9 Chet Baker: Jazz 'Round Midnight (Verve - 1955-'67). Nice mellow compilation finds Baker trading off vocal and trumpet duties, sounding equally dreamy on both. As a singer, he's boyishly dulcet on 'No Greater Love' in a range approaching Jimmy Scott's.
10 Helen Merrill: Complete Recordings (with Clifford Brown) (Lonehill Jazz - 1954-'55). More into expression than innovation, Merrill muses tearfully on 'Yesterdays' and is credibly sodden on 'Lilac Wine.' Her sound is clear and pretty, with a whispery bottom.
11 Billie Holiday: Jazz Moods - 'Round Midnight (Sony Import - 1937-'45). One of the most recognizable of instruments, Lady Day's voice, based in the blues, is intimate and dry and its delivery completely credible, with an affecting slide both sexy and sad. Nice set of ballads.
12 Peggy Lee: Trav'lin Light (Capitol - 1946-'49). At this stage of her career (late '40s transcriptions, with husband Dave Barbour's combo), Lee sounds a bit like 'Billie Lite,' but the similar slithery approach to a lyric isn't a bad thing, and her interaction with piano or Barbour's guitar is pleasantly girlish.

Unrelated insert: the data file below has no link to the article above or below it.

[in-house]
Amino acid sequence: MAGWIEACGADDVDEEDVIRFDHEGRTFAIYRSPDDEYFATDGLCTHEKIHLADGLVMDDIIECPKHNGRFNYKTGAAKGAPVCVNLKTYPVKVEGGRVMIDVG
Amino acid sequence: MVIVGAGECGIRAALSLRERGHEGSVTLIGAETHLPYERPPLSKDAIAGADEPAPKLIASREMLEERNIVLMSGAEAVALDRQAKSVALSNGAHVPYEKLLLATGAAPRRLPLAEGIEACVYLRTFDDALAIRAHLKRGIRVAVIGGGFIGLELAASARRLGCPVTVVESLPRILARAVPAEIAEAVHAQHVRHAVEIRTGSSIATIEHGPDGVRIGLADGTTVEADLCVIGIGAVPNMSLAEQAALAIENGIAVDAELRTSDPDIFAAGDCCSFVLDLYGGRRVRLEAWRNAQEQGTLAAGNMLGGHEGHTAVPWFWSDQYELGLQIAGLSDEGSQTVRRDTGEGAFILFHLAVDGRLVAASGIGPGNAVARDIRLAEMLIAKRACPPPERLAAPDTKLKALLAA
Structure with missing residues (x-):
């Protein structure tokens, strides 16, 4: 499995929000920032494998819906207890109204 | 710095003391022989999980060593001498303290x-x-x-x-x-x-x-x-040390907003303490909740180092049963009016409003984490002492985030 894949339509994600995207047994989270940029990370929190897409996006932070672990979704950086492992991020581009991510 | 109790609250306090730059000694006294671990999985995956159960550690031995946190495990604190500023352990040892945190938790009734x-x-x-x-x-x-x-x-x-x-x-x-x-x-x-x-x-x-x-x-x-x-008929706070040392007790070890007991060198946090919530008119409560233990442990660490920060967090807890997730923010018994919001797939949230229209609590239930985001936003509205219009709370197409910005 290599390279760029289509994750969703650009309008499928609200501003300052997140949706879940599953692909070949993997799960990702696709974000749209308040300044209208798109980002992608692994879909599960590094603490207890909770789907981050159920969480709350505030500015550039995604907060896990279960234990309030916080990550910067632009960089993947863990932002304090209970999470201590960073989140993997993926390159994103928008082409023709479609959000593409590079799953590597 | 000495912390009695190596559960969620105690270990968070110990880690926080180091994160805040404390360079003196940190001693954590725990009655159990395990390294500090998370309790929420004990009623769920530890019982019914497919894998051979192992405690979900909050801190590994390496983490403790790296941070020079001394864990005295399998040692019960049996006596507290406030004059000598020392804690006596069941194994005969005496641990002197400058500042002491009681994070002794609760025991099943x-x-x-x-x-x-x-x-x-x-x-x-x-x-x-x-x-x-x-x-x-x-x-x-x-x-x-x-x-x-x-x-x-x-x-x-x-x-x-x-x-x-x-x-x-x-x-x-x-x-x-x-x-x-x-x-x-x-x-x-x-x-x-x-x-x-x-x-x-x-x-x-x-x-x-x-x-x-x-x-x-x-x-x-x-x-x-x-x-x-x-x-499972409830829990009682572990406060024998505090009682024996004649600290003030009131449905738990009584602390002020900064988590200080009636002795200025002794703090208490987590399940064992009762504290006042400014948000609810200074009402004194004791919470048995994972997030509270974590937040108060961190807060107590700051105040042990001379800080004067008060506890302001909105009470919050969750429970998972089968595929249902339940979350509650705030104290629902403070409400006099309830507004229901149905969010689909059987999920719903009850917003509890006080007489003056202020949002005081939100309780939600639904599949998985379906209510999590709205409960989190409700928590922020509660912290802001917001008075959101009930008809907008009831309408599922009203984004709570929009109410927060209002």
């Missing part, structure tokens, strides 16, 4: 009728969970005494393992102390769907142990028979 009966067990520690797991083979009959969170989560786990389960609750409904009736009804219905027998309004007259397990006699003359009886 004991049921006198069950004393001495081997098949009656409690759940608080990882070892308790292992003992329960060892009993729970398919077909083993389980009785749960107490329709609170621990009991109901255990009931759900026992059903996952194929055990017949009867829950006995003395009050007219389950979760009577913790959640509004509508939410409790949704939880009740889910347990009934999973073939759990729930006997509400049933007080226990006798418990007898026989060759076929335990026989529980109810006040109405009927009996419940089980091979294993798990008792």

13 Dick Haymes: Complete Capitol Collection (EMI Import - 1955-'57). Both the appeal and the limitations of crooning are personified by influential baritone-tenor Haymes, who's both strong and sweet while sticking to a narrow repertoire. Two enjoyable discs.
14 Lee Wiley: Night In Manhattan (Sony - 1950-'51). This sounds like what might have happened if Billie Holiday's husky diction had been refined at Hunter College, without losing its roots in the blues. The old-time arrangements work well.
15 Nina Simone: After Hours (Verve - 1964-'66). Definitely not your standards album, but Simone's caramel-like voice, with its haunting vibrato and graininess, gets under your skin on crooning numbers like 'If I Should Lose You.'
16 Bobby Darin: Love Swings (Collectors Choice - 1961). A musical chameleon, Darin displays why fellow crooners and their fans admired him outside his rock 'n' roll hits for his fine voice. Though sometimes overly sassy, he treats gentler material nicely here.
17 Bobby Troup: Tell Me You're Home (Audiophile - 1958). Some of the material is unfamiliar, some of it penned by Troup (including 'Route 66'), and all delivered in a light, breathy, conversational voice, with the engaging singer often dropping behind the beat.
18 Tony Bennett: Jazz (Columbia - 1954-'67). Eminently likeable, Bennett brings a shine even to the crooner material here, which he delivers with an insouciant mid-Atlantic accent, jazz-wise phrasing, and dramatic dynamics. Well-crafted compilation.